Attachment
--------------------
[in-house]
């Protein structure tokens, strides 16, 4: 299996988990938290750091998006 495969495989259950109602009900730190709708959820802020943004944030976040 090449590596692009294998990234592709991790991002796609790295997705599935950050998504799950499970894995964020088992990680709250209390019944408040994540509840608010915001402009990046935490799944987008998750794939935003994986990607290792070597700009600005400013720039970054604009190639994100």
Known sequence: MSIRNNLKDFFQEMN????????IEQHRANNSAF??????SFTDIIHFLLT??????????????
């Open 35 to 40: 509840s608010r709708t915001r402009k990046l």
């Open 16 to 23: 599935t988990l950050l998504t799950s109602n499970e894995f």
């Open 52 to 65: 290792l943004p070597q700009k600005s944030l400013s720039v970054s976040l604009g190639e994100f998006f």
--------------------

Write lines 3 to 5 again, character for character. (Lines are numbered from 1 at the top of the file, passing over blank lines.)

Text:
Known sequence: MSIRNNLKDFFQEMN????????IEQHRANNSAF??????SFTDIIHFLLT??????????????
């Open 35 to 40: 509840s608010r709708t915001r402009k990046l």
């Open 16 to 23: 599935t988990l950050l998504t799950s109602n499970e894995f």